Judaism (340-20300 & 344-20300)
Mishnah Shabbat 7:2
The chief categories of acts of labor [prohibited on the Sabbath] are forty less one:
Mishnah Shabbat 12:1
One who buildshow much does
he build so as to be liable (to punishment for violating the prohibition)?
One who builds in any measure at all.
One who hews stone, hits with a hammer or adze, or boresin any measure at all is liable.
This is the governing principle: Whoever on the Sabbath performs a forbidden act of labor and [the result of] his act of labor endures is liable.
One who plough in any measure whatsoever,
One who weeds, one who cuts off dead leaves, and one who prunes, in any measure whatsoever, is liable.
One who gathers branches of wood: if to improve the fieldin any measure at all; if for a firea measure of wood sufficient to cook a small eggis liable.
One who gathers herbs, if it is to improve the fieldin any measure at all; if it is for cattle to eatin the measure of a lambs mouthful, is liable.
One who writes two letters, whether with the right hand or with the left, whether the same letter or two different letters, whether with different pigments, in any alphabetis liable.
One who writes two letters at one time, inadvertently, is liable.
If one wrote with ink, caustic, red dye, gum, or copperas, or with anything that leaves a mark, on two walls forming a corner, or on two leaves of a tablet, which are read with one anotheris liable.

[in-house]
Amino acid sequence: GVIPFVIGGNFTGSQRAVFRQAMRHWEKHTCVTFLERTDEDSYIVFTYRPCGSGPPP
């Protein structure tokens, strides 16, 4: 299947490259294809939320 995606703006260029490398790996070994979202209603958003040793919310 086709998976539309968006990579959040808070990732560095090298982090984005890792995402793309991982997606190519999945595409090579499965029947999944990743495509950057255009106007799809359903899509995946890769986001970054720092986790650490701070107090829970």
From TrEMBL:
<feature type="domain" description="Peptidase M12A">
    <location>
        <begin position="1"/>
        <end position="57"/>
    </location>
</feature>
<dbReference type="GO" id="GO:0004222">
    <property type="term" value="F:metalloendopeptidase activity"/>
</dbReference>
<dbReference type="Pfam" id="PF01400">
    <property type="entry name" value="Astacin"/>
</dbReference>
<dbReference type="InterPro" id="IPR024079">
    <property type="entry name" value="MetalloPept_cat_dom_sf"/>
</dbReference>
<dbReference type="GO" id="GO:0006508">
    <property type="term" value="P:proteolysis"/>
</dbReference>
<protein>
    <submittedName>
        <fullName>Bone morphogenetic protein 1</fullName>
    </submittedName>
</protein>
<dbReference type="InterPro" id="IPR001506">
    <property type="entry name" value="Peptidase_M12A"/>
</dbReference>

One who writes on his flesh is liable. One who scratches a mark on his fleshRabbi Eliezer declares him liable to a sin offering [he must bring a sacrifice in the Temple to atone for his sin], while Rabbi Joshua declares him exempt.
If one wrote with fluids, fruit juice, dirt from the street, writers sand, or with anything that does not leave a lasting mark, he is exempt (from punishment).
If one wrote with the back of his hand, with his foot, mouth, or elbow; if he wrote one letter alongside a letter already written; if he wrote a letter on top of a letter [already written]; . . . if he wrote one on the ground and one on the beam; if he wrote two letters on the two walls of the house, on the two sides of a leaf of paper, so that they cannot be read with one another, he is exempt.
This page maintained
by: Rebecca Lesses
Last revised January 12, 2006